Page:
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Par Aneeka Gupta, Director, Research, WisdomTree
The global macro environment appears shrouded in uncertainty, owing to renewed concerns about the spread of the delta variant, peak growth and an earlier-than-expected taper by the US Federal Reserve. The bond markets are clearly reflecting these growing concerns. However, the equity and bond markets appear to be telling us a contradictory story. Global equity markets led by Europe and the US continue to make new highs, buttressed by stronger earnings. Evident from the chart below, equity risk premiums (difference between earnings and bond yields) in Europe have risen to a 15-month high of 4.5%, which continues to suggest European equities remain attractive relative to bonds and other global equity markets.
Source: Bloomberg, WisdomTree as of 30 July 2021. The equity risk premiums is calculated as the difference between earnings yields and bond yields.
European companies are witnessing the best earnings revisions of all global regions reflecting a strong snapback in economic activity. Strong 2Q 2021 results and full-year guidance upgrades are pushing the earnings growth rate to 31%1 over the next two years compared to 24% at the start of the year and the net revision ratio (upgrades minus downgrades) to 50%1, its highest level since H2 2017.
Cyclical sectors such as energy, materials, financials, and consumer discretionary have been key contributors to the earnings revision cycle. Defensive sectors have seen limited changes to their forward earnings per share (EPS) estimates (around 5%1), while their revision ratios are substantially lower versus cyclicals. Europe1 has delivered a strong breadth of EPS net beats2 at 64%, with the breadth of sales beats even higher at 68%. Consumer-related companies are performing well, with 70%1 reporting higher sales than in 2019. Europe’s transcript mentions for “buybacks” (i.e. the number of times that buybacks are mentioned in earning reports produced by companies following their respective earning calls) were at the top of their 5-year range which suggests that more buybacks in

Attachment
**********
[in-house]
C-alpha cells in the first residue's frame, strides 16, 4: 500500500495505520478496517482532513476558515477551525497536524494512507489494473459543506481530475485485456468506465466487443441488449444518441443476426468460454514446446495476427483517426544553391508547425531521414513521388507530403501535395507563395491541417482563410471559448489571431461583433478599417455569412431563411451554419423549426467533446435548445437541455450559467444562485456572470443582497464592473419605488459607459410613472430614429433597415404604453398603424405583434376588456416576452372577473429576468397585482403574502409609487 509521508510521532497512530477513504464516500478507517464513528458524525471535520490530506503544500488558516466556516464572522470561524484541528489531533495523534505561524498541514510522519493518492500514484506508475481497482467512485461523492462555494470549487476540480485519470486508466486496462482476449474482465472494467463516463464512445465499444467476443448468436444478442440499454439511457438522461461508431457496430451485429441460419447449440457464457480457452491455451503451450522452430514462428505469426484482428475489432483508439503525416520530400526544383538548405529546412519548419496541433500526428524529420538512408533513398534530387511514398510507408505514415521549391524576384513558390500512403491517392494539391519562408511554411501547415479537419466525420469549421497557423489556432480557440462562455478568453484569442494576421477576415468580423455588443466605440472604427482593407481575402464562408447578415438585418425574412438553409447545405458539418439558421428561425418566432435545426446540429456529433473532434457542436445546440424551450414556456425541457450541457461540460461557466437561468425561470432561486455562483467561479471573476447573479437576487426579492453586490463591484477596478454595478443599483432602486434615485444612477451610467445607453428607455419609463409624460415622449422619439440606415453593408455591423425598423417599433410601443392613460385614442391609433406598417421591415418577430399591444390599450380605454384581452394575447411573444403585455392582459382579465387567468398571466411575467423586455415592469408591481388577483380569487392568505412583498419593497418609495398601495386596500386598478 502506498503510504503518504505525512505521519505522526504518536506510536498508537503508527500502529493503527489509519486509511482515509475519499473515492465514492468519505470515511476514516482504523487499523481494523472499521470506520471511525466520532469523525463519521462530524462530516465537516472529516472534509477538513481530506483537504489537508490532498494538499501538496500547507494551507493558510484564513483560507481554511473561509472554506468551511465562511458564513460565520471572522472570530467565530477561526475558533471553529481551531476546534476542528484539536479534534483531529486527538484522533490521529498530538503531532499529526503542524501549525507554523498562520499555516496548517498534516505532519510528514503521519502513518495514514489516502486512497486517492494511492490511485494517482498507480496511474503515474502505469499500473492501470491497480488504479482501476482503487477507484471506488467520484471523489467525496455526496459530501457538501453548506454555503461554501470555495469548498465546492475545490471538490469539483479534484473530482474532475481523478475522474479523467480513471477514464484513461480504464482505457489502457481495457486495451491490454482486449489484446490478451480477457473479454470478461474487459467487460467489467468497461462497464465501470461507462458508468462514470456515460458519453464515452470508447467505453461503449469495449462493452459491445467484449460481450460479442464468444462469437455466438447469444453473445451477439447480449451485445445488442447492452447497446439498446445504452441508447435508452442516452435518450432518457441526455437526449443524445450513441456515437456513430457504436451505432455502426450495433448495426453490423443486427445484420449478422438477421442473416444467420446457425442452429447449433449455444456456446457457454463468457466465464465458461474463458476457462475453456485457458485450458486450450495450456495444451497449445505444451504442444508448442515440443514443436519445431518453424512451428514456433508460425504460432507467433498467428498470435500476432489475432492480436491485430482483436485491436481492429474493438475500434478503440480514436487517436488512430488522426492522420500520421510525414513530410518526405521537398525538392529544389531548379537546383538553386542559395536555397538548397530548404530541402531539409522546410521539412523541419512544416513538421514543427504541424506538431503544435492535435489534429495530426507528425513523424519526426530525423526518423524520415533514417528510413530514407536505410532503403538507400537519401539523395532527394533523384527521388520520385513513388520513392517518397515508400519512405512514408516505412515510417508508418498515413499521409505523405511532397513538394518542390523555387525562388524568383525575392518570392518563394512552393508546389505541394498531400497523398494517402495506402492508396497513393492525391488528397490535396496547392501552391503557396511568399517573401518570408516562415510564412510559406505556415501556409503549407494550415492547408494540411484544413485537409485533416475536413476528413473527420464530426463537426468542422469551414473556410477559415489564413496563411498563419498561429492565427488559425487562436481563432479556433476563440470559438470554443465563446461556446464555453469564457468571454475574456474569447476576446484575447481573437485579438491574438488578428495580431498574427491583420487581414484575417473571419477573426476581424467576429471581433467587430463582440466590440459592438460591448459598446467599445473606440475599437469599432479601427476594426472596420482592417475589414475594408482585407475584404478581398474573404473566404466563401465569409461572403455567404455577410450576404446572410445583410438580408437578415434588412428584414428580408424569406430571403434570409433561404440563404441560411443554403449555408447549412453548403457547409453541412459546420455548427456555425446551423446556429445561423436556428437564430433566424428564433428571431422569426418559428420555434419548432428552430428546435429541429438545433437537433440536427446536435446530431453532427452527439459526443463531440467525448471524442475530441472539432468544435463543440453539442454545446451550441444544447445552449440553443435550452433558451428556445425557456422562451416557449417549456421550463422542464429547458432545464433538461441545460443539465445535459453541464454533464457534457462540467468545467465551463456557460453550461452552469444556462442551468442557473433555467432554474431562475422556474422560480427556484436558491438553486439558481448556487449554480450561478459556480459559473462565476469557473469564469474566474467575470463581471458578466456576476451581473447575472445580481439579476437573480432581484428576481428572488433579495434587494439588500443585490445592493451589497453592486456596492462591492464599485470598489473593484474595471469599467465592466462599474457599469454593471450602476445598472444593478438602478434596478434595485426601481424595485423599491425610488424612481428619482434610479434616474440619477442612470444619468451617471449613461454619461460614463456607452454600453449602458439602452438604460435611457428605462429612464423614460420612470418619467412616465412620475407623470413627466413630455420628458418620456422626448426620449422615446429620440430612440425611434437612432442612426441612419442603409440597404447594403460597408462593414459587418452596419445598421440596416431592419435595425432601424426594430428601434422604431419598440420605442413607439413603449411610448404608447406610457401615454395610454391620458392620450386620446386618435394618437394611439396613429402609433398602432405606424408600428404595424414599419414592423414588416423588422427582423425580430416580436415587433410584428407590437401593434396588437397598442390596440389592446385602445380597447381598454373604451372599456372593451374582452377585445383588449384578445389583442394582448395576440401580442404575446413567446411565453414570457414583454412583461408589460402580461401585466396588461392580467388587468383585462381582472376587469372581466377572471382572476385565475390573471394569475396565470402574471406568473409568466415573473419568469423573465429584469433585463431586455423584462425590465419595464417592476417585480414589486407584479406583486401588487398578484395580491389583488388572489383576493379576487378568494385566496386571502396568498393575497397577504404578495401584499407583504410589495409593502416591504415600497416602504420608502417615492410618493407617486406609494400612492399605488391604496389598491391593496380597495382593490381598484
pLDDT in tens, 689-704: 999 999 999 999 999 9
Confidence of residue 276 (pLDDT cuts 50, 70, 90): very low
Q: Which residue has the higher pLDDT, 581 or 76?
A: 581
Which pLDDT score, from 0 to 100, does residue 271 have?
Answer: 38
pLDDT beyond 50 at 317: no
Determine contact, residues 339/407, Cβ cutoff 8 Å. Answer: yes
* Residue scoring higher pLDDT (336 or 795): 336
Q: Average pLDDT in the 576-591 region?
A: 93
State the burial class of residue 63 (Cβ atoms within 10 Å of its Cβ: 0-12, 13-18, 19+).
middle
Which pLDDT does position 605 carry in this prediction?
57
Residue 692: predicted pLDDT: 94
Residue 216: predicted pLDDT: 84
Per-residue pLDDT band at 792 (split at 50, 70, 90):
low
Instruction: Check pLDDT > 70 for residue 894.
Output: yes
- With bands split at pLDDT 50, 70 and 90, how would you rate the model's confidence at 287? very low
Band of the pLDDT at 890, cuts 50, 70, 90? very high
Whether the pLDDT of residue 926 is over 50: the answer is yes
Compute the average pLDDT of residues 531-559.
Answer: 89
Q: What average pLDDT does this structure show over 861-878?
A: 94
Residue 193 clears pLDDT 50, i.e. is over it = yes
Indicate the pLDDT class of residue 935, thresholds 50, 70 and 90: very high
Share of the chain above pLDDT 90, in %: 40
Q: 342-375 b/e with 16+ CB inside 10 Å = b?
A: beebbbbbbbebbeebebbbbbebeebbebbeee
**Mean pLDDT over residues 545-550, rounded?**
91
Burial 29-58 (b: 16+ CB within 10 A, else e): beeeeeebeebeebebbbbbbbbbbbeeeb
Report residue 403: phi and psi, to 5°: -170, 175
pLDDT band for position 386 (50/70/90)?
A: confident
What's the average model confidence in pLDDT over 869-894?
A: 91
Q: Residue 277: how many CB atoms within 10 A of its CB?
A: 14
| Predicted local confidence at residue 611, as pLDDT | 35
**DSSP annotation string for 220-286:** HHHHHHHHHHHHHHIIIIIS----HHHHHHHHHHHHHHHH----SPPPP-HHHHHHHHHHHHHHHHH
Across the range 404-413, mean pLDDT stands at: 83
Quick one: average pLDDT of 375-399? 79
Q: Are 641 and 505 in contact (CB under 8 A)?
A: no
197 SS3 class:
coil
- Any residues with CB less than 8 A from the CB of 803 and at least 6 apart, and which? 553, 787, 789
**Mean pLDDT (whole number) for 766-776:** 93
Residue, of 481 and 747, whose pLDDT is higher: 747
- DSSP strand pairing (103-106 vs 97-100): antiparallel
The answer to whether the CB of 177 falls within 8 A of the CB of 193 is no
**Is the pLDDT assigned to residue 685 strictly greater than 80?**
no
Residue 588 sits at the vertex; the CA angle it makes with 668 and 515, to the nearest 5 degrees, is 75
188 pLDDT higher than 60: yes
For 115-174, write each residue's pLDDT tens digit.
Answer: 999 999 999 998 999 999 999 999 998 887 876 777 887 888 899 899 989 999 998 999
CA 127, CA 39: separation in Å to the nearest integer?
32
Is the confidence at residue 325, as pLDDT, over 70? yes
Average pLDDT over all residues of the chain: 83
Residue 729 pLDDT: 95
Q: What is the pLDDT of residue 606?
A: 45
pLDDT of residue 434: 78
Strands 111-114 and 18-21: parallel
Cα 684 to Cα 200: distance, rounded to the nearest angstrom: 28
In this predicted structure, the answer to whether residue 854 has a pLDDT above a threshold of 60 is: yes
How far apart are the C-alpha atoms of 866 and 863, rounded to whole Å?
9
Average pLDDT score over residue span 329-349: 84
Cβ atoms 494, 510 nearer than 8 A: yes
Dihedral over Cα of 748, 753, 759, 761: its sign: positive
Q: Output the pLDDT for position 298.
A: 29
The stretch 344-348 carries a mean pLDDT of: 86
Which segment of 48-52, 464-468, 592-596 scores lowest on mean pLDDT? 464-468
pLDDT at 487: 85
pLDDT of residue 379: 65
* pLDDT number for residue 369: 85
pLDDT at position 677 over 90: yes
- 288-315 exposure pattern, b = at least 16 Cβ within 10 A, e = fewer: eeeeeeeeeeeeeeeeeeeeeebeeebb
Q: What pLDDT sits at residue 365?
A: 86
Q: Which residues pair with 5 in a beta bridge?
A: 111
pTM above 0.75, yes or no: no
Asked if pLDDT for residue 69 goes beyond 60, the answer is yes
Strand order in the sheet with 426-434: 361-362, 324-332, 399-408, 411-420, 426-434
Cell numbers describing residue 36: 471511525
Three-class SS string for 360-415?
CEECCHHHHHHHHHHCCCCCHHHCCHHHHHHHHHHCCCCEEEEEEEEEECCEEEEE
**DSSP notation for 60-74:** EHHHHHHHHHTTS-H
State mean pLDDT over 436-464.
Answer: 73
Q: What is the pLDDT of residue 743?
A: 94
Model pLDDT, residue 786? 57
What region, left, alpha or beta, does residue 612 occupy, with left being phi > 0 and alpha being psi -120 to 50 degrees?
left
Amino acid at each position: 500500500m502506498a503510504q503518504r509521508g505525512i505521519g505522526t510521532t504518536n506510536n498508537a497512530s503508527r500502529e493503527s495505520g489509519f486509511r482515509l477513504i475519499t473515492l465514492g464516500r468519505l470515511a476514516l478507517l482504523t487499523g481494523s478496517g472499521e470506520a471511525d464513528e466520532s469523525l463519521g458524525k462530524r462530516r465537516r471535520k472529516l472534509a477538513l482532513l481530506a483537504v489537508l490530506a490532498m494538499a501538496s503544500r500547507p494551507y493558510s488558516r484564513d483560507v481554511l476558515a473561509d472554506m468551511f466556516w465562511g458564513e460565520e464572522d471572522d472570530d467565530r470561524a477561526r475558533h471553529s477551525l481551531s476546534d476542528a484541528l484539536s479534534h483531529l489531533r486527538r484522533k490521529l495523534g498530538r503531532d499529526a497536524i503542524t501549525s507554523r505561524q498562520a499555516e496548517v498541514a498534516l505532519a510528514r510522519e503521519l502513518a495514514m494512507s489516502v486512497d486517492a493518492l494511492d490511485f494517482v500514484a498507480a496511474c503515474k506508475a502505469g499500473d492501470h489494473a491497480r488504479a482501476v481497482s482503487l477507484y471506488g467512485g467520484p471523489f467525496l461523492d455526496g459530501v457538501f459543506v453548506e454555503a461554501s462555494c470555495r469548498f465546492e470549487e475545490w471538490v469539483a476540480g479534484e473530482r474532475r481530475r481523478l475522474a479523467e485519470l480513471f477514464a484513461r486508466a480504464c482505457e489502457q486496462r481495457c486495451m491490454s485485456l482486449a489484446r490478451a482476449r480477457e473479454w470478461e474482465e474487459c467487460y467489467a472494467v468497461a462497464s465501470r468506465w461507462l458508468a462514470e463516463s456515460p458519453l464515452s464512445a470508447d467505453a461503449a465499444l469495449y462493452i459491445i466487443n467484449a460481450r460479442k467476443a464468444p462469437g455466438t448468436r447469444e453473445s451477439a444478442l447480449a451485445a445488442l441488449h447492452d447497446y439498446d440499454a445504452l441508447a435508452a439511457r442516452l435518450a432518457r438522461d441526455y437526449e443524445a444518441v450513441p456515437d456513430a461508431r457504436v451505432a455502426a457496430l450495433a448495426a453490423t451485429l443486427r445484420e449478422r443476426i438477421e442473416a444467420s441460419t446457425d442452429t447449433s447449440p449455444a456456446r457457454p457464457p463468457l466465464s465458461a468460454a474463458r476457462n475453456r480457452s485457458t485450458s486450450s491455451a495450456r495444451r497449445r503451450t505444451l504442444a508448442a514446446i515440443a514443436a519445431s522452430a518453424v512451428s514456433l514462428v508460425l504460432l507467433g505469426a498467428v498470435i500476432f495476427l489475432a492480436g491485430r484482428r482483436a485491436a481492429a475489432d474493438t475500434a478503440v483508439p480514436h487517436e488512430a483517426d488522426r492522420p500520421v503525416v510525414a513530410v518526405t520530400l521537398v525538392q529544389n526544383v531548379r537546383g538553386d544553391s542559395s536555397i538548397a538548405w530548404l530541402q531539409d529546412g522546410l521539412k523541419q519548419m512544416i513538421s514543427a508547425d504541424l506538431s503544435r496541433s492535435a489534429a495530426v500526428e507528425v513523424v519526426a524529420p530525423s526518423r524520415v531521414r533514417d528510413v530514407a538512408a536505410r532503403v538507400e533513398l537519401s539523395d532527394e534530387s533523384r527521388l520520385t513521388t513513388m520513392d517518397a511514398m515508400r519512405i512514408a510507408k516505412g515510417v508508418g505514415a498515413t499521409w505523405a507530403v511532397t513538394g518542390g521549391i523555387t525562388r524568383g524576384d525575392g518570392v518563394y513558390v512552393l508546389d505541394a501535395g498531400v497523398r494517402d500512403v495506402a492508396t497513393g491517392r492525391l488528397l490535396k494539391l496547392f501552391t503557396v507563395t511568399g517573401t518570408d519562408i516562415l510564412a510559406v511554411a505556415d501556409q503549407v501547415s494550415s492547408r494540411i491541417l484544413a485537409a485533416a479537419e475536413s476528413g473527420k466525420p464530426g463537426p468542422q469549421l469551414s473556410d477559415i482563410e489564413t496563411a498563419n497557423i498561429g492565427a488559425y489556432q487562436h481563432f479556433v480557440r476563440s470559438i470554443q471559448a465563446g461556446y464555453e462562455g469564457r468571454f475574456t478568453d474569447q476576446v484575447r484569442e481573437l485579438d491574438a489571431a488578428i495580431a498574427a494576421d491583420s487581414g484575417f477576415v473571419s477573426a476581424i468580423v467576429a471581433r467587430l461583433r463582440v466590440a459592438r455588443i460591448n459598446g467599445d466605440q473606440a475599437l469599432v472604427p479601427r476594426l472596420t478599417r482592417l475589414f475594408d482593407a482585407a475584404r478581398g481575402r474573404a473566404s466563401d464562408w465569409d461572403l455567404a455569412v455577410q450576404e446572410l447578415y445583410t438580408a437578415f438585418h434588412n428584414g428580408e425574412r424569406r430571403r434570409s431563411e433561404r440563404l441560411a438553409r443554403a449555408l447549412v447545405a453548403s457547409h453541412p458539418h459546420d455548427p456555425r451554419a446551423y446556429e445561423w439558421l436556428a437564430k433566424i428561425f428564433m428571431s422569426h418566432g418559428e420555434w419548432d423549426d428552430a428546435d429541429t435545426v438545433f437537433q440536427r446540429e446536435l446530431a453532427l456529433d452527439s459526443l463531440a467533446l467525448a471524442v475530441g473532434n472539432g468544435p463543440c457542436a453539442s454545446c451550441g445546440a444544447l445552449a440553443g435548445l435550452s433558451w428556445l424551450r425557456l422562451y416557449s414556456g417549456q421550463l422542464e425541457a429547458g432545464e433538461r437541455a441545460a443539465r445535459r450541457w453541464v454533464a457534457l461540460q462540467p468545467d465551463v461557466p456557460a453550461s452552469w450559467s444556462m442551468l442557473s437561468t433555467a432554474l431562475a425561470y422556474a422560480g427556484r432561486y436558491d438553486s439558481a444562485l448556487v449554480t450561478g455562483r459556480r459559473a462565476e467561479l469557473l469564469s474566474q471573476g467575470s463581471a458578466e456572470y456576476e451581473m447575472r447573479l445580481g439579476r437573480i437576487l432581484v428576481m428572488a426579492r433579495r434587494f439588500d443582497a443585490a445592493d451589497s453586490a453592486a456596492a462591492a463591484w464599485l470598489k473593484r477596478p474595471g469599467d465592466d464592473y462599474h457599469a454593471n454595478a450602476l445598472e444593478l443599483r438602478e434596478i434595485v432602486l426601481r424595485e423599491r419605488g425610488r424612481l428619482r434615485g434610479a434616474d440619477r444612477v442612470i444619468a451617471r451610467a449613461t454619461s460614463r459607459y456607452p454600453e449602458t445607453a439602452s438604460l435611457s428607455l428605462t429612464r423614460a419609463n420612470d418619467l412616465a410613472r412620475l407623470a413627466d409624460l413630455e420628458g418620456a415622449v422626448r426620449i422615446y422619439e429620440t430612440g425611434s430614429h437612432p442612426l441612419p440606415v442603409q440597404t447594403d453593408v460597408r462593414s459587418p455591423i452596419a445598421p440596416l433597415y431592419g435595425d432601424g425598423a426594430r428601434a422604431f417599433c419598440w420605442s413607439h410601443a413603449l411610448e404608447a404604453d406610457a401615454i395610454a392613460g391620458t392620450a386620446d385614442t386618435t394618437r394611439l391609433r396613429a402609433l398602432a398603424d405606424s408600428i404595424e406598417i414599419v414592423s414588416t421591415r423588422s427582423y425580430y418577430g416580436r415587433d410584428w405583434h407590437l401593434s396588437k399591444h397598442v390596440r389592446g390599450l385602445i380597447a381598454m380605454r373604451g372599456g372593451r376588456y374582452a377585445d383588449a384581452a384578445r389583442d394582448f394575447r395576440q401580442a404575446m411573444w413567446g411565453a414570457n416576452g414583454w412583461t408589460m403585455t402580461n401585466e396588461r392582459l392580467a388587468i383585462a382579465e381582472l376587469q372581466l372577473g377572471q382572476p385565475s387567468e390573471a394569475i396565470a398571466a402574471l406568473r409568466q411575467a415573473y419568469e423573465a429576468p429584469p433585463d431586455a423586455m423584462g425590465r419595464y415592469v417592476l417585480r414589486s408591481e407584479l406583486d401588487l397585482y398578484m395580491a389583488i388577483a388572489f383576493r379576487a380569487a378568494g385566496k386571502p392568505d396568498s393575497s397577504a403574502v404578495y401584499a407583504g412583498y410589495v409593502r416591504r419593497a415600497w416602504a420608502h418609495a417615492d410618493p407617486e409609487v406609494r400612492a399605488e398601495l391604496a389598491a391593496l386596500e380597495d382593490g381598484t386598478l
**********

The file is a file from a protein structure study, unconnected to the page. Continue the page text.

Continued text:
Europe could provide a positive catalyst for the European equity market. In addition, Free-Cash-Flow (FCF) is up 8%1 year to date, and current dividend estimates look conservative as the payout ratios at FCF level stand at 52% versus 61% in 2019, opening the possibility of high dividend payments.
US companies second-quarter EPS improved slightly over the prior quarter (up 4%)3 with 80% of companies beating EPS consensus estimates3. Positive surprises reported by companies in the financials, information technology and communication services sectors were the largest contributors to the overall increase in earnings this quarter.
US revenues, led by energy, consumer discretionary and health care, exceeded expectations. The Q2 2021 blended revenue growth rate of 24.7% is well above the 5-year average growth rate of 4.5% and the 10-year growth rate of 3.4%. US companies posted robust margins, with Q2 net margins (excluding financials) jumping to a new high of 13.1%, exceeding the prior quarter’s 12.5%. Despite the strong results, price action has once again shown a slight negative skew suggesting the good news was largely priced in.
Companies citing accelerating cost inflation has been a key theme. Consensus margin expectations for H2 2021 are now reflecting this risk, with margins forecasted to moderate to 12.6% next quarter. Mentions of inflation jumped 900% to an annual record high in Q2 earnings reports, including mentions of supply chain and labour inflation were most cited by the industrial, materials and staples sector. Owing to the highly elevated revision rate throughout the first half of 2021, we find it difficult to imagine an acceleration of earnings in the US going forward. As the peak in the acceleration phase of the US macrocycle has likely passed in Q2, we expect earnings to start to moderate going forward.
1 Represented by 85% of companies on the Stoxx Europe 600 Index that have reported Q2 2021 earnings results. Source: Bloomberg
2 EPS beat/miss defined as +/- 2% from Bloomberg consensus estimates
3 Represented by 91% of companies that have reported in the S&P 500 Index. Source: Bloomberg
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